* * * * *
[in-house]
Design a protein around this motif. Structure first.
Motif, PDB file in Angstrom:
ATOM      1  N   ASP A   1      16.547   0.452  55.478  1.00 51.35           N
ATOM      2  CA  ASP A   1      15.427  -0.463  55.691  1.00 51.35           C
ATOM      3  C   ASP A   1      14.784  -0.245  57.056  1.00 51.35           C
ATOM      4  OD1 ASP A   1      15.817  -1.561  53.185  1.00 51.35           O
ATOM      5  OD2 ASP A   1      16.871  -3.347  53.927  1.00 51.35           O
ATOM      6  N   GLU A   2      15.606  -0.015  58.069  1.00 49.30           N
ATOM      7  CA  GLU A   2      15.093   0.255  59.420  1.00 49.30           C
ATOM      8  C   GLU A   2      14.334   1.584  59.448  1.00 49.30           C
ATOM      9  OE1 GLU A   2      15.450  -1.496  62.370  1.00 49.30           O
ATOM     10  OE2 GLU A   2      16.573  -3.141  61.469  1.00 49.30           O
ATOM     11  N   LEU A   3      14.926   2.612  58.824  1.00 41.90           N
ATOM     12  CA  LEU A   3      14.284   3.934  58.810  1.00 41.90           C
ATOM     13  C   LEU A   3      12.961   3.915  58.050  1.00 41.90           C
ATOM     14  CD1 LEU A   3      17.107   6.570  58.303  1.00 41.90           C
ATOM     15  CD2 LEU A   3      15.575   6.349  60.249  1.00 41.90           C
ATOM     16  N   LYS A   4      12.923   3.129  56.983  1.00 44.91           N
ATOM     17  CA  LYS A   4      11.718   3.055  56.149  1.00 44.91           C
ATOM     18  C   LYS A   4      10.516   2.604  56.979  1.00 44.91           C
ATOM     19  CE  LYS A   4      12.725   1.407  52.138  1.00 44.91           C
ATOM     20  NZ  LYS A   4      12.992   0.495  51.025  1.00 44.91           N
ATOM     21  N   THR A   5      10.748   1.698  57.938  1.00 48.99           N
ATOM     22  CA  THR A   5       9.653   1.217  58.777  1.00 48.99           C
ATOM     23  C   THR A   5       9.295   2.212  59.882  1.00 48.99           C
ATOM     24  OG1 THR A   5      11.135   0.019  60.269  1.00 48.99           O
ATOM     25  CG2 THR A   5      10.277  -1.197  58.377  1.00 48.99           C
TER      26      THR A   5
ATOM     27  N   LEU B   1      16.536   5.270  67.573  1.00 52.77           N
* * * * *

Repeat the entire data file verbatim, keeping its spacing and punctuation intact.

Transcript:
[in-house]
Design a protein around this motif. Structure first.
Motif, PDB file in Angstrom:
ATOM      1  N   ASP A   1      16.547   0.452  55.478  1.00 51.35           N
ATOM      2  CA  ASP A   1      15.427  -0.463  55.691  1.00 51.35           C
ATOM      3  C   ASP A   1      14.784  -0.245  57.056  1.00 51.35           C
ATOM      4  OD1 ASP A   1      15.817  -1.561  53.185  1.00 51.35           O
ATOM      5  OD2 ASP A   1      16.871  -3.347  53.927  1.00 51.35           O
ATOM      6  N   GLU A   2      15.606  -0.015  58.069  1.00 49.30           N
ATOM      7  CA  GLU A   2      15.093   0.255  59.420  1.00 49.30           C
ATOM      8  C   GLU A   2      14.334   1.584  59.448  1.00 49.30           C
ATOM      9  OE1 GLU A   2      15.450  -1.496  62.370  1.00 49.30           O
ATOM     10  OE2 GLU A   2      16.573  -3.141  61.469  1.00 49.30           O
ATOM     11  N   LEU A   3      14.926   2.612  58.824  1.00 41.90           N
ATOM     12  CA  LEU A   3      14.284   3.934  58.810  1.00 41.90           C
ATOM     13  C   LEU A   3      12.961   3.915  58.050  1.00 41.90           C
ATOM     14  CD1 LEU A   3      17.107   6.570  58.303  1.00 41.90           C
ATOM     15  CD2 LEU A   3      15.575   6.349  60.249  1.00 41.90           C
ATOM     16  N   LYS A   4      12.923   3.129  56.983  1.00 44.91           N
ATOM     17  CA  LYS A   4      11.718   3.055  56.149  1.00 44.91           C
ATOM     18  C   LYS A   4      10.516   2.604  56.979  1.00 44.91           C
ATOM     19  CE  LYS A   4      12.725   1.407  52.138  1.00 44.91           C
ATOM     20  NZ  LYS A   4      12.992   0.495  51.025  1.00 44.91           N
ATOM     21  N   THR A   5      10.748   1.698  57.938  1.00 48.99           N
ATOM     22  CA  THR A   5       9.653   1.217  58.777  1.00 48.99           C
ATOM     23  C   THR A   5       9.295   2.212  59.882  1.00 48.99           C
ATOM     24  OG1 THR A   5      11.135   0.019  60.269  1.00 48.99           O
ATOM     25  CG2 THR A   5      10.277  -1.197  58.377  1.00 48.99           C
TER      26      THR A   5
ATOM     27  N   LEU B   1      16.536   5.270  67.573  1.00 52.77           N